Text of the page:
Suppose we lived in a society split between the following intellectual package deals:
Package #1: Water is wet, so we should drown redheads.
Package #2: Water isn't wet, so we shouldn't drown redheads.
What would happen if a lone voice of common sense emerged to say, "Water is wet, but we shouldn't drown redheads"? No doubt he'd be attacked from both sides. Believers in Package #1 would shake their heads and say, "Once you admit that water is wet, you'd have to be a fool to oppose the drowning of redheads." Believers in Package #2 would say, "Once you admit we shouldn't drown redheads, how can you continue to maintain that water is wet?" Believers in Package #2 might even accuse you of being a troll: "You're feigning sympathy for redheads in order to lure us into the absurd view that water is wet."
This scenario captures the way I felt when Noah Smith tweeted:
I strongly suspect @bryan_caplan of being an opponent of immigration, and his "open borders" thing of being a false flag/satire/troll.
I see where Noah's coming from. Our society is split between the following intellectual package deals:
Package #1: IQ is real, so we should exclude immigrants with below-average IQ.
Package #2: IQ is fake, so we shouldn't exclude immigrants with below-average IQ.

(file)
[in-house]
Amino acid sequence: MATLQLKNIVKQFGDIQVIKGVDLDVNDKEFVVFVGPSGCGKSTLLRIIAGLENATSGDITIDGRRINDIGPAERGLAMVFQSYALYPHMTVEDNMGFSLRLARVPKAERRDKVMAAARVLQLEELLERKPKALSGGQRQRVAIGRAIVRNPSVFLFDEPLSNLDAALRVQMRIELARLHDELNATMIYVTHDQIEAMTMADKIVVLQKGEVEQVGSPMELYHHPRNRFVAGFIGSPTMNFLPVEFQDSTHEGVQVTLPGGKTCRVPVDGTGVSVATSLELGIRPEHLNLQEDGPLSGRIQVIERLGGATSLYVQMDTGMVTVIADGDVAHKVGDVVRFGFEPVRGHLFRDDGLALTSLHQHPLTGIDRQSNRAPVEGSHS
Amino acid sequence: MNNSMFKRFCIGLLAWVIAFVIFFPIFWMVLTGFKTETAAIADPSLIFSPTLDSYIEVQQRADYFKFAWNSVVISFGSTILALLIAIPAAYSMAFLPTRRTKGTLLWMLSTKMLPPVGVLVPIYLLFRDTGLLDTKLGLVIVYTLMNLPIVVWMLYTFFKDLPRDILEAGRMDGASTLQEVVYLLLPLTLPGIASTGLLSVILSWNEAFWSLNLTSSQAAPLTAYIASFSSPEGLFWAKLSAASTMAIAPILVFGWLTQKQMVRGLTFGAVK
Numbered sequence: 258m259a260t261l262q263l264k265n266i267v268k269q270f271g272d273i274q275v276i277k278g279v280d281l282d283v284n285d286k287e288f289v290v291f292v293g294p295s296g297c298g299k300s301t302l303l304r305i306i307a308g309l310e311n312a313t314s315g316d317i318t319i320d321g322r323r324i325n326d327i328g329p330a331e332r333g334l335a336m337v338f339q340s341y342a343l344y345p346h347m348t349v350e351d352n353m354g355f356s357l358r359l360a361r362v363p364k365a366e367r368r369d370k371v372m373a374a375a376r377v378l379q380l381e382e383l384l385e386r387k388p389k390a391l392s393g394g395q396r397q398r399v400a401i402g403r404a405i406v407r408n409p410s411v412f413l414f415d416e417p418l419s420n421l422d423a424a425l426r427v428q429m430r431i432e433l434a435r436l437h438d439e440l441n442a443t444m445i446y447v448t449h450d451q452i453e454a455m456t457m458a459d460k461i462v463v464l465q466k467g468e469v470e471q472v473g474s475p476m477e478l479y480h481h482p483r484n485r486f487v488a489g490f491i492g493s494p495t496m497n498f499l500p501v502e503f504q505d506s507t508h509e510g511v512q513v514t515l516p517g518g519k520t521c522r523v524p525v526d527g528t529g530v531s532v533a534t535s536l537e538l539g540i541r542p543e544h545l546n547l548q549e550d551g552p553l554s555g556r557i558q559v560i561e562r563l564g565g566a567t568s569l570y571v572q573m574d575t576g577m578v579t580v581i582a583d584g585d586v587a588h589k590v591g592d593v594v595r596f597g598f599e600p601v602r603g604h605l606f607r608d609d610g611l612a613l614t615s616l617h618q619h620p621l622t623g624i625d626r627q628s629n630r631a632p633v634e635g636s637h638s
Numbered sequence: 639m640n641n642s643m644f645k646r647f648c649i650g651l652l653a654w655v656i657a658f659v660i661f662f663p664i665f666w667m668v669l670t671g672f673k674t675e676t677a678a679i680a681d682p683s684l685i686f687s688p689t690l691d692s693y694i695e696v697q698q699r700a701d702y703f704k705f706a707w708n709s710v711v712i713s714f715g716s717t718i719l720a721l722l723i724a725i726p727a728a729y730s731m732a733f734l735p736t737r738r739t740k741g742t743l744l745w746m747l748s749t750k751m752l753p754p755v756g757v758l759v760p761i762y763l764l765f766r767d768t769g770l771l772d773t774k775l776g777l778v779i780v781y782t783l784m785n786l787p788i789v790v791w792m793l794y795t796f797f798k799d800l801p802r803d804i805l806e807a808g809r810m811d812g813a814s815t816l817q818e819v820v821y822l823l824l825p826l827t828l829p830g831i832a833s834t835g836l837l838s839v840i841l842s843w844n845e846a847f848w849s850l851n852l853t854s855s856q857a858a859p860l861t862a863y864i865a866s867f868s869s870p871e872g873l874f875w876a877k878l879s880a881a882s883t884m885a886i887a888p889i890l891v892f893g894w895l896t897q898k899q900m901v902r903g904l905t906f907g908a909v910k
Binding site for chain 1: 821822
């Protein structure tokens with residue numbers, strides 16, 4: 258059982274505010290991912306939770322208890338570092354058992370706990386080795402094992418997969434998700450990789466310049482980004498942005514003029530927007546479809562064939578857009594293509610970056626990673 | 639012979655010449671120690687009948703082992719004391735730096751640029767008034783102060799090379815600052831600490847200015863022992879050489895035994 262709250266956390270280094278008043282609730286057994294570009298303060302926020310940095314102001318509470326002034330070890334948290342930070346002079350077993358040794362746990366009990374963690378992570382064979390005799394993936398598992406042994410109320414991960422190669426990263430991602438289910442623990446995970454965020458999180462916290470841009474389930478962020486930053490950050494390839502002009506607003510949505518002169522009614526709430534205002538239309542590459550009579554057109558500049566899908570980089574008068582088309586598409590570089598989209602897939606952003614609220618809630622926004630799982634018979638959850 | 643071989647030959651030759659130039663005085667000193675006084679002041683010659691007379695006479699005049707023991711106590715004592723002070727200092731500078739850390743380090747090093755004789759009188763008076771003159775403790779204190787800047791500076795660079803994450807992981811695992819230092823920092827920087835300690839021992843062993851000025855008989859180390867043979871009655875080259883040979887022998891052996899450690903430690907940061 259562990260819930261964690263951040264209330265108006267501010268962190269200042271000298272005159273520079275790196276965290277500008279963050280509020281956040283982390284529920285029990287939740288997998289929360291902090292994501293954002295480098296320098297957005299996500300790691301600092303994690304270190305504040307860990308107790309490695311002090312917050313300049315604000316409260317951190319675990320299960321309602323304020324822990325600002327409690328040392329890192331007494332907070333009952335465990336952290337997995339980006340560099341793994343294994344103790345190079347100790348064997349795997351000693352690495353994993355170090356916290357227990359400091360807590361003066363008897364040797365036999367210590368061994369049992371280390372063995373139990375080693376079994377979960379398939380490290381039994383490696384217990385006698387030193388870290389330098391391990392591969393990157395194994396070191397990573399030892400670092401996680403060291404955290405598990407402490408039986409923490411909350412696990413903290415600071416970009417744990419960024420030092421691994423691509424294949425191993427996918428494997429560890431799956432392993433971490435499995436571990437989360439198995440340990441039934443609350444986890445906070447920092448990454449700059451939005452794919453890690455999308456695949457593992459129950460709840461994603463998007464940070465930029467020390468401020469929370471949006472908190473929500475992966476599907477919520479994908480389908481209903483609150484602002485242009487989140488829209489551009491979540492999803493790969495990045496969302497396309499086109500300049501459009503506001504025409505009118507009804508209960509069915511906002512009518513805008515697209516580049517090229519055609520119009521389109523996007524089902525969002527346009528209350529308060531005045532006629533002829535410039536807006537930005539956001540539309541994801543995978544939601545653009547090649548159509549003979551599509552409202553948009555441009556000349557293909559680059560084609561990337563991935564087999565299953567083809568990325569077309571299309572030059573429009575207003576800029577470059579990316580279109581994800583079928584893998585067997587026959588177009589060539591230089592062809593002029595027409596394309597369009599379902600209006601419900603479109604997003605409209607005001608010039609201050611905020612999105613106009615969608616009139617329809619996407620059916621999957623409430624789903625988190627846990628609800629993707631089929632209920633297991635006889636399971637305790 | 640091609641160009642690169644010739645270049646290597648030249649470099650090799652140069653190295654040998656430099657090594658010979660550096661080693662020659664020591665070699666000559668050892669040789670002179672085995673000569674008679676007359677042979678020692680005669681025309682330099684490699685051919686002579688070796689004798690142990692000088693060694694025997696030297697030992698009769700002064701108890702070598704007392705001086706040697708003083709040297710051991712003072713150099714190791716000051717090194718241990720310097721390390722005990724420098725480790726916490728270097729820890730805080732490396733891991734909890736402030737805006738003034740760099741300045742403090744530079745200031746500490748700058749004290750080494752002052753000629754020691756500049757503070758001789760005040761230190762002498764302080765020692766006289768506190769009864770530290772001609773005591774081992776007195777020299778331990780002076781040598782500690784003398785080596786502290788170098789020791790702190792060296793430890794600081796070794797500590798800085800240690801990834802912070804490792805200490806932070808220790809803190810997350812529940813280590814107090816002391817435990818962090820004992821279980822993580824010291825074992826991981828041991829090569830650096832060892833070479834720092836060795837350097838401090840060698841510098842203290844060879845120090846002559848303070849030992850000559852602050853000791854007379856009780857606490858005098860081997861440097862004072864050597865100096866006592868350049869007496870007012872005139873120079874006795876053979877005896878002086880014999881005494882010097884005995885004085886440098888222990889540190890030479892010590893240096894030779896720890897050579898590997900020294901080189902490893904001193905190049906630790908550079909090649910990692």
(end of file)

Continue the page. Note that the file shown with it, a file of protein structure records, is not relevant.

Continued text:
When I talk about ("harp on") IQ research, then, my support for open borders is understandably hard for Package #2 folks to take at face value. At the same time, my support for open borders makes it hard for Package #1 folks to believe that I genuinely grasp the realities of IQ.
As I've argued repeatedly, though, both popular packages are silly - scarcely better than the imaginary packages about the wetness of water and the drowning of redheads. In particular:
1. You don't need an above-average IQ to be a valuable member of society. See here, here, and here for starters.
2. Even if you aren't a valuable member of society, Third World exile is not a morally permissible response. See here, here, and here for starters.